A to Z Idioms 28 | To steal someone’s thunder

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In this episode of The A to Z English Podcast, Jack explains the meaning of the idiom “to steal someone’s thunder.”

“To steal someone’s thunder.”

This idiom means to take the credit for something that someone else has done or to overshadow someone’s achievements or success by doing something similar, but usually more attention-grabbing or significant.

For example, if someone worked hard on a project and was about to present their findings, but then a colleague presented a similar project just before them, getting all the attention and credit, you could say the colleague “stole their thunder.”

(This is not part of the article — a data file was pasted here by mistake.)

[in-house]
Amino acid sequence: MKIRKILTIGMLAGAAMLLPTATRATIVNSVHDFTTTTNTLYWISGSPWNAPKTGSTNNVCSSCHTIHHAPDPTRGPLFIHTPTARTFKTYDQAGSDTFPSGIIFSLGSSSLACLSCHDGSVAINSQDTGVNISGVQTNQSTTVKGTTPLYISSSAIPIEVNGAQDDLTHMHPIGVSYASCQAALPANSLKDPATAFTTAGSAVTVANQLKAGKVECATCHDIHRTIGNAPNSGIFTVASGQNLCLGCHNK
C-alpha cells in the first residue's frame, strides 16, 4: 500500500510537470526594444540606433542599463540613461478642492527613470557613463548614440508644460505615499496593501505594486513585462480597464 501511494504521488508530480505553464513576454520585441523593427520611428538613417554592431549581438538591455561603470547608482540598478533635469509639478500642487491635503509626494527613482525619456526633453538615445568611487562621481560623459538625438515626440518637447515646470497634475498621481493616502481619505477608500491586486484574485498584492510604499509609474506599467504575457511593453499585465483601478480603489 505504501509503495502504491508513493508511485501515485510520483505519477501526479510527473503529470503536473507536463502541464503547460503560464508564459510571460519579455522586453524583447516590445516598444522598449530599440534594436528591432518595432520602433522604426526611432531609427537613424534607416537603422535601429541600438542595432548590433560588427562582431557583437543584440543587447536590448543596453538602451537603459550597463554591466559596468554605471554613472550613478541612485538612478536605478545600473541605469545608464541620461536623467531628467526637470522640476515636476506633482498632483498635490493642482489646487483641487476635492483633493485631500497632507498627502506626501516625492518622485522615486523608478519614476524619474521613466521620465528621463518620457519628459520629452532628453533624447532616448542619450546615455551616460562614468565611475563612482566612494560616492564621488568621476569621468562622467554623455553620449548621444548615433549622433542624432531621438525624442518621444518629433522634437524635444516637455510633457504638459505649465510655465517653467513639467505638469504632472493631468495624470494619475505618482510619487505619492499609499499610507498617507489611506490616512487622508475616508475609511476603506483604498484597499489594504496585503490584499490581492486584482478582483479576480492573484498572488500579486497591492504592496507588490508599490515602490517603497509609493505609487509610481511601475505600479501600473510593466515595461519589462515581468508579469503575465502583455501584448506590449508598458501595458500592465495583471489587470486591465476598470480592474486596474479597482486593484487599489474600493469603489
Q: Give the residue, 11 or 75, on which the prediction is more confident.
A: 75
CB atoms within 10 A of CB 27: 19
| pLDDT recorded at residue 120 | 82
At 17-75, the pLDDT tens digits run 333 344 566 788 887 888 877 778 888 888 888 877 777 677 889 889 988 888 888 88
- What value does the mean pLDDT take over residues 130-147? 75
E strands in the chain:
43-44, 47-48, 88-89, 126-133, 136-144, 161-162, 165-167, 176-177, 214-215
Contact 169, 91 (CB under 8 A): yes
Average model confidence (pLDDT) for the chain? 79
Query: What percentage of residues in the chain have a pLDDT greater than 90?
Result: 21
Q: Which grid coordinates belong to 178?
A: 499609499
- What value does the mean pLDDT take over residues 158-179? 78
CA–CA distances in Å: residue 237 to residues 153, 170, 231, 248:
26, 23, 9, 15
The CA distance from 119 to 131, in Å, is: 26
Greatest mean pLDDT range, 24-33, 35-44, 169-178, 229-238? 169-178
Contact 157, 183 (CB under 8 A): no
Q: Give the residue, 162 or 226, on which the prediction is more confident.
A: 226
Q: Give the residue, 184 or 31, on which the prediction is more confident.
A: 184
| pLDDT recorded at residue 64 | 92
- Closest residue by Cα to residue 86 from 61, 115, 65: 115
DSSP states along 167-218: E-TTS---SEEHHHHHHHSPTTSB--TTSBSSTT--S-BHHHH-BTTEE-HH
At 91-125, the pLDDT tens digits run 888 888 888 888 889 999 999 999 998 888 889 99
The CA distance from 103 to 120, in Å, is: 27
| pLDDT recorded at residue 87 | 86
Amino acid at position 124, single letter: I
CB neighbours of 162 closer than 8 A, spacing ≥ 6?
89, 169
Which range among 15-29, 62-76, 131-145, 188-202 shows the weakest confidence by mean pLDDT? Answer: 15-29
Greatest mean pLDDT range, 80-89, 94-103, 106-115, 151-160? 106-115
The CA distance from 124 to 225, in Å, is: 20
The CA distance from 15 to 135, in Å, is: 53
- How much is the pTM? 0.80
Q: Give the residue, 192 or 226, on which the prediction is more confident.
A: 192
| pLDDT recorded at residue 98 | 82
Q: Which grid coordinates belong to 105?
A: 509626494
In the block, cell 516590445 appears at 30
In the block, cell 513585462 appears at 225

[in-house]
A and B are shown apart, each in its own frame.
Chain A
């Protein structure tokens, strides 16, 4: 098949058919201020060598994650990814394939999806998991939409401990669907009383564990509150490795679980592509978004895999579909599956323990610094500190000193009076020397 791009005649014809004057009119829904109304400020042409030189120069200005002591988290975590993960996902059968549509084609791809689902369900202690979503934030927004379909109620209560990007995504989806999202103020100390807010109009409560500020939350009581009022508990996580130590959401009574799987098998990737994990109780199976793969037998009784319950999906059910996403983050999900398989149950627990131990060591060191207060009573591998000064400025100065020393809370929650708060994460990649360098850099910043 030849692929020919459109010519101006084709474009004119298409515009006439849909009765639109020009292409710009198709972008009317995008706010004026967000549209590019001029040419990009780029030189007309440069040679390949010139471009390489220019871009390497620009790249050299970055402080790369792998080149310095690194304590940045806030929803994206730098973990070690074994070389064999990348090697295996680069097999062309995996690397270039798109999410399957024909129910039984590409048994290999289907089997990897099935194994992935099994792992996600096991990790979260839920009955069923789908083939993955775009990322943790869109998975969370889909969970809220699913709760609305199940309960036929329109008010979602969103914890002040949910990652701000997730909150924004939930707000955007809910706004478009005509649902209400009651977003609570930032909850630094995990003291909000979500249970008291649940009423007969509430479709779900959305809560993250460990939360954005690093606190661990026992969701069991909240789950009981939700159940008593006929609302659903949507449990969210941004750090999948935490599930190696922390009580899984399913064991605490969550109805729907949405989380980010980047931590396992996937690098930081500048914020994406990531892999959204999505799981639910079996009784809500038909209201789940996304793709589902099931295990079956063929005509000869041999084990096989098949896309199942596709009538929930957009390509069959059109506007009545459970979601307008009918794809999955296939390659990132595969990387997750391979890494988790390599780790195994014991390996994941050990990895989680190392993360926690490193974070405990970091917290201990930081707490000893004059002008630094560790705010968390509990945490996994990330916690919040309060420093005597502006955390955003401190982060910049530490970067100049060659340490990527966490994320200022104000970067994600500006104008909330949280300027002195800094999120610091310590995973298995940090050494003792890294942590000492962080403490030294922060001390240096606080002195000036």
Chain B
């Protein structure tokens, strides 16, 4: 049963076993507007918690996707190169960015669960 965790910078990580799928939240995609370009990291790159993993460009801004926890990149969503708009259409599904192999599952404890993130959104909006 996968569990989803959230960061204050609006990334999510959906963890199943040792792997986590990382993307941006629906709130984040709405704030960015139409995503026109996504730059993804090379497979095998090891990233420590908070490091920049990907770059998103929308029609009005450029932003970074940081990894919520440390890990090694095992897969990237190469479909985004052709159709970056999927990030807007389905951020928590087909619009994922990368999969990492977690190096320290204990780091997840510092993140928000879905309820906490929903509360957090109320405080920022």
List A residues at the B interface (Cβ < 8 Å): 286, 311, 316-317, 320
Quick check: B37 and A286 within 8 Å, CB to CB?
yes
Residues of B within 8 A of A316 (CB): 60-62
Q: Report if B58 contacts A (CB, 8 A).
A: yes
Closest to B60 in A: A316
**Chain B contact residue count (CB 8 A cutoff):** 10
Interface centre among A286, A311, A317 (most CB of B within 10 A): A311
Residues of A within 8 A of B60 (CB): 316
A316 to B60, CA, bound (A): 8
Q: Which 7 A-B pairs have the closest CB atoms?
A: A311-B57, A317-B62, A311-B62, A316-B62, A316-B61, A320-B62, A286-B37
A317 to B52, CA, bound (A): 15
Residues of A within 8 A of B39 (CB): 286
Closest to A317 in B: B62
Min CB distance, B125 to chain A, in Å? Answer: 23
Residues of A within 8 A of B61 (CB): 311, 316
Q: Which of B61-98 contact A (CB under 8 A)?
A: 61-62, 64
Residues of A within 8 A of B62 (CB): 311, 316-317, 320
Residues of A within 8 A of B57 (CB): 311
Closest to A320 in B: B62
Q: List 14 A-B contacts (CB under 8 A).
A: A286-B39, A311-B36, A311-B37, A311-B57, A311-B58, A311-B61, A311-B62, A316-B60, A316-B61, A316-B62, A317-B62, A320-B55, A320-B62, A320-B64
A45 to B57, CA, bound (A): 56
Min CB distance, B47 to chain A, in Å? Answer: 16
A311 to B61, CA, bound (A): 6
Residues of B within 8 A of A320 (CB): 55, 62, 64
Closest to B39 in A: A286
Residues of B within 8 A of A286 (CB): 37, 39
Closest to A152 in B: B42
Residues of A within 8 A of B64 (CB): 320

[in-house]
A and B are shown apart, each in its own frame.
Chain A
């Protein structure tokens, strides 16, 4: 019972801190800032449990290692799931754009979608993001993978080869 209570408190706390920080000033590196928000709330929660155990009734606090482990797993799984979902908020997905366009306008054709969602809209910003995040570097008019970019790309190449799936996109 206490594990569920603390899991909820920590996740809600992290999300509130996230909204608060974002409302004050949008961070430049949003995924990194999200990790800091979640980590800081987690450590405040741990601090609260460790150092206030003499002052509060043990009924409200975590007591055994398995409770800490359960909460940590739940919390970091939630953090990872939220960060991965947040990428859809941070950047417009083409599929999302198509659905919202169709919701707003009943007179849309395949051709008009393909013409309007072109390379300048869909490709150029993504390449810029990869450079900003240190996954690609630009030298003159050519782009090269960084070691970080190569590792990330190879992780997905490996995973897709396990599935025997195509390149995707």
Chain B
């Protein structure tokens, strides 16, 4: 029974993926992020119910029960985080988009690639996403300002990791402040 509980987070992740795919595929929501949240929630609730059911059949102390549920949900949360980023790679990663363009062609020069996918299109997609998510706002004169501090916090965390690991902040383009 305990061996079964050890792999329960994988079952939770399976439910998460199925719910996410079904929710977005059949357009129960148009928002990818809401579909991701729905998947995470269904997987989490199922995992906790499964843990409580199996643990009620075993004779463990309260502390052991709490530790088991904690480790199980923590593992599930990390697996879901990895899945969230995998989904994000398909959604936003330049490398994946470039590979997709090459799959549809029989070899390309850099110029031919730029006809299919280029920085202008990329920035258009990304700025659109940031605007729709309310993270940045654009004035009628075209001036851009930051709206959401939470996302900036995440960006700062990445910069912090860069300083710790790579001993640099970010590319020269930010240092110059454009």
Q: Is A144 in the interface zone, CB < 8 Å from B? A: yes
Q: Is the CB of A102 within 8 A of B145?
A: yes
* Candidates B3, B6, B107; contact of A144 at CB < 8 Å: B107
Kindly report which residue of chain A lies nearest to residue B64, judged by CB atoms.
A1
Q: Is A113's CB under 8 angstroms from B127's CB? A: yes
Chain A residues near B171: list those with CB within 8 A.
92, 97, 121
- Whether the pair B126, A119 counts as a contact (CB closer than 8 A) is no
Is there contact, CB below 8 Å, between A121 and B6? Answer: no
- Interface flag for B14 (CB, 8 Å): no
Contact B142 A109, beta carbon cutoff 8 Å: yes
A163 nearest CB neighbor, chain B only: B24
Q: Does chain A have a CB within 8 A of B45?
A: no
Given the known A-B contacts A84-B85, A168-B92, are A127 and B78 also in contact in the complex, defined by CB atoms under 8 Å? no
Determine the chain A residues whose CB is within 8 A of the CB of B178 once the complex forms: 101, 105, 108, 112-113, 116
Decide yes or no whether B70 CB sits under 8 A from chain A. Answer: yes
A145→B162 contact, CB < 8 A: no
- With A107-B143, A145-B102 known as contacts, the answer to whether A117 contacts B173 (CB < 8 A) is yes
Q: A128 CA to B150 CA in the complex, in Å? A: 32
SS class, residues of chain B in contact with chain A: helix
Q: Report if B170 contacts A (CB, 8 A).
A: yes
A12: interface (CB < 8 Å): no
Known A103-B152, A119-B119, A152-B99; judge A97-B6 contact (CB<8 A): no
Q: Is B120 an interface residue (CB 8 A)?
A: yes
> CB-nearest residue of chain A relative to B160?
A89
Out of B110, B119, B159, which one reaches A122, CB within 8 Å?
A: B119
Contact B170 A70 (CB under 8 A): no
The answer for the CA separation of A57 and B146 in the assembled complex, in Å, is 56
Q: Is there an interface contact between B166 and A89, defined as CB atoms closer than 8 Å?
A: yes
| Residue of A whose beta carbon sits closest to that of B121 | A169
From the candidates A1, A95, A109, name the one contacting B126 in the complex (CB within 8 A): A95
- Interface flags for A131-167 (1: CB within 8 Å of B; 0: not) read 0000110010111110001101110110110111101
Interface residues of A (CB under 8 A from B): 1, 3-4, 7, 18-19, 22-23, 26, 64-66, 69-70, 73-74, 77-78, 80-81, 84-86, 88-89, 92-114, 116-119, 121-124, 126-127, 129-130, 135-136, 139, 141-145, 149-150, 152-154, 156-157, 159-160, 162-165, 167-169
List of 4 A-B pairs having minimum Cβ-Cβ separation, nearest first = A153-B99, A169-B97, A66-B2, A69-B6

This idiom has a theatrical origin. It is attributed to playwright John Dennis, who invented a machine to create the sound of thunder for his plays. When his invention was not successful, another playwright, Richard Steele, used a similar machine in one of his productions to great success, essentially stealing Dennis’s thunder.

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